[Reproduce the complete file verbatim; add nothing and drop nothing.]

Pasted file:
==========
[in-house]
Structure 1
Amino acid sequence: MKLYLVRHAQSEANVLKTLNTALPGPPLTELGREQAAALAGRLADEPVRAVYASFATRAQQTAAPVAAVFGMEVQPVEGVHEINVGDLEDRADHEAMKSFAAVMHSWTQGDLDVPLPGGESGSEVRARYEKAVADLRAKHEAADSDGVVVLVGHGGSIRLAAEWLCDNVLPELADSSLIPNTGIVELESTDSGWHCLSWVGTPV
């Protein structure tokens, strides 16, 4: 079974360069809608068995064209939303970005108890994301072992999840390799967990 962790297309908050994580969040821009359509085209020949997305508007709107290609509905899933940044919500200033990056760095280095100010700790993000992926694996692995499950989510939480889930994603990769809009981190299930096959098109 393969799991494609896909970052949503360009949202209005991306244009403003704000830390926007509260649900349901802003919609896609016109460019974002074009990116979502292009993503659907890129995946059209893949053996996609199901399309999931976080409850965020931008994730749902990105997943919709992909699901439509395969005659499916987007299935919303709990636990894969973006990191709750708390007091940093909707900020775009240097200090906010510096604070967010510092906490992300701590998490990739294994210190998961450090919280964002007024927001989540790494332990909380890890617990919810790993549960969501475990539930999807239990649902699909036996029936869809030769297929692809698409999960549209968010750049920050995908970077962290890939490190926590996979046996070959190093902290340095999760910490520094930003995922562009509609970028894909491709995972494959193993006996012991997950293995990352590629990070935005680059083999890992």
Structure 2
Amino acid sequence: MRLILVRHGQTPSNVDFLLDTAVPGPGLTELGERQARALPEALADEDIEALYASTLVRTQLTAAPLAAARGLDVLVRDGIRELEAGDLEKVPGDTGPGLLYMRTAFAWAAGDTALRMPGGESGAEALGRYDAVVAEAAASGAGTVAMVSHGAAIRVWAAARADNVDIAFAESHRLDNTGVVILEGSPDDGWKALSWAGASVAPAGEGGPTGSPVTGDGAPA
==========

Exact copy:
[in-house]
Structure 1
Amino acid sequence: MKLYLVRHAQSEANVLKTLNTALPGPPLTELGREQAAALAGRLADEPVRAVYASFATRAQQTAAPVAAVFGMEVQPVEGVHEINVGDLEDRADHEAMKSFAAVMHSWTQGDLDVPLPGGESGSEVRARYEKAVADLRAKHEAADSDGVVVLVGHGGSIRLAAEWLCDNVLPELADSSLIPNTGIVELESTDSGWHCLSWVGTPV
């Protein structure tokens, strides 16, 4: 079974360069809608068995064209939303970005108890994301072992999840390799967990 962790297309908050994580969040821009359509085209020949997305508007709107290609509905899933940044919500200033990056760095280095100010700790993000992926694996692995499950989510939480889930994603990769809009981190299930096959098109 393969799991494609896909970052949503360009949202209005991306244009403003704000830390926007509260649900349901802003919609896609016109460019974002074009990116979502292009993503659907890129995946059209893949053996996609199901399309999931976080409850965020931008994730749902990105997943919709992909699901439509395969005659499916987007299935919303709990636990894969973006990191709750708390007091940093909707900020775009240097200090906010510096604070967010510092906490992300701590998490990739294994210190998961450090919280964002007024927001989540790494332990909380890890617990919810790993549960969501475990539930999807239990649902699909036996029936869809030769297929692809698409999960549209968010750049920050995908970077962290890939490190926590996979046996070959190093902290340095999760910490520094930003995922562009509609970028894909491709995972494959193993006996012991997950293995990352590629990070935005680059083999890992």
Structure 2
Amino acid sequence: MRLILVRHGQTPSNVDFLLDTAVPGPGLTELGERQARALPEALADEDIEALYASTLVRTQLTAAPLAAARGLDVLVRDGIRELEAGDLEKVPGDTGPGLLYMRTAFAWAAGDTALRMPGGESGAEALGRYDAVVAEAAASGAGTVAMVSHGAAIRVWAAARADNVDIAFAESHRLDNTGVVILEGSPDDGWKALSWAGASVAPAGEGGPTGSPVTGDGAPA